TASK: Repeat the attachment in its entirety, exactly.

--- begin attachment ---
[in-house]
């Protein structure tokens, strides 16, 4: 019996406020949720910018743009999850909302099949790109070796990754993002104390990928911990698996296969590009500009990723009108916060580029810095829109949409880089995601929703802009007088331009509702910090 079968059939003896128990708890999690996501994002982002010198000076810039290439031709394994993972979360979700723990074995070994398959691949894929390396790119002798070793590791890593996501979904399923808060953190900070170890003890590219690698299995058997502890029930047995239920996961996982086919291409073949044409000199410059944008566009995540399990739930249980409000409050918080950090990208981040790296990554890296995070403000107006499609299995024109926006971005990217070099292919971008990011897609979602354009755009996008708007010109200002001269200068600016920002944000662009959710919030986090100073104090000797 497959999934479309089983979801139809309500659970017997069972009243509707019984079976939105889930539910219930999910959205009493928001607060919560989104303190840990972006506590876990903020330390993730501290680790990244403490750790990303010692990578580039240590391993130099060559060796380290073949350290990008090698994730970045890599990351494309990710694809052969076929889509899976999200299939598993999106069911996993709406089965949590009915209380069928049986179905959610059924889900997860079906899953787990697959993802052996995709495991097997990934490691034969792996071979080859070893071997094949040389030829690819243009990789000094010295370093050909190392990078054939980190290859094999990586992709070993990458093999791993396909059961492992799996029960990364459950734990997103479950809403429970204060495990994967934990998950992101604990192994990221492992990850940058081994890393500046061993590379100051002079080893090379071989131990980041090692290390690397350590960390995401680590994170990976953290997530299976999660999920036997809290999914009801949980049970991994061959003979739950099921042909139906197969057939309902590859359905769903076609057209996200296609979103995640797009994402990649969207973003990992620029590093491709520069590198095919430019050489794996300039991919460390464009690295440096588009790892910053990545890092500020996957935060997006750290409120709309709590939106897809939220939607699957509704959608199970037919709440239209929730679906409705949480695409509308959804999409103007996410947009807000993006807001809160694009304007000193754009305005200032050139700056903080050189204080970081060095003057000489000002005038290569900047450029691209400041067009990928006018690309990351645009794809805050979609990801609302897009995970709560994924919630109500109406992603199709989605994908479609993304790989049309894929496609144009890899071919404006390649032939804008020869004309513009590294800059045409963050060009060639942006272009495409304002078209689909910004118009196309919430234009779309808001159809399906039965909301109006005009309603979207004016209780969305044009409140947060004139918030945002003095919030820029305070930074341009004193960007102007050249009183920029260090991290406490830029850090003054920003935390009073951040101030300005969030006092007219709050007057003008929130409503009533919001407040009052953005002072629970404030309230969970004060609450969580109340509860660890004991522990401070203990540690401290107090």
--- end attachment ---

[in-house]
């Protein structure tokens, strides 16, 4: 019996406020949720910018743009999850909302099949790109070796990754993002104390990928911990698996296969590009500009990723009108916060580029810095829109949409880089995601929703802009007088331009509702910090 079968059939003896128990708890999690996501994002982002010198000076810039290439031709394994993972979360979700723990074995070994398959691949894929390396790119002798070793590791890593996501979904399923808060953190900070170890003890590219690698299995058997502890029930047995239920996961996982086919291409073949044409000199410059944008566009995540399990739930249980409000409050918080950090990208981040790296990554890296995070403000107006499609299995024109926006971005990217070099292919971008990011897609979602354009755009996008708007010109200002001269200068600016920002944000662009959710919030986090100073104090000797 497959999934479309089983979801139809309500659970017997069972009243509707019984079976939105889930539910219930999910959205009493928001607060919560989104303190840990972006506590876990903020330390993730501290680790990244403490750790990303010692990578580039240590391993130099060559060796380290073949350290990008090698994730970045890599990351494309990710694809052969076929889509899976999200299939598993999106069911996993709406089965949590009915209380069928049986179905959610059924889900997860079906899953787990697959993802052996995709495991097997990934490691034969792996071979080859070893071997094949040389030829690819243009990789000094010295370093050909190392990078054939980190290859094999990586992709070993990458093999791993396909059961492992799996029960990364459950734990997103479950809403429970204060495990994967934990998950992101604990192994990221492992990850940058081994890393500046061993590379100051002079080893090379071989131990980041090692290390690397350590960390995401680590994170990976953290997530299976999660999920036997809290999914009801949980049970991994061959003979739950099921042909139906197969057939309902590859359905769903076609057209996200296609979103995640797009994402990649969207973003990992620029590093491709520069590198095919430019050489794996300039991919460390464009690295440096588009790892910053990545890092500020996957935060997006750290409120709309709590939106897809939220939607699957509704959608199970037919709440239209929730679906409705949480695409509308959804999409103007996410947009807000993006807001809160694009304007000193754009305005200032050139700056903080050189204080970081060095003057000489000002005038290569900047450029691209400041067009990928006018690309990351645009794809805050979609990801609302897009995970709560994924919630109500109406992603199709989605994908479609993304790989049309894929496609144009890899071919404006390649032939804008020869004309513009590294800059045409963050060009060639942006272009495409304002078209689909910004118009196309919430234009779309808001159809399906039965909301109006005009309603979207004016209780969305044009409140947060004139918030945002003095919030820029305070930074341009004193960007102007050249009183920029260090991290406490830029850090003054920003935390009073951040101030300005969030006092007219709050007057003008929130409503009533919001407040009052953005002072629970404030309230969970004060609450969580109340509860660890004991522990401070203990540690401290107090």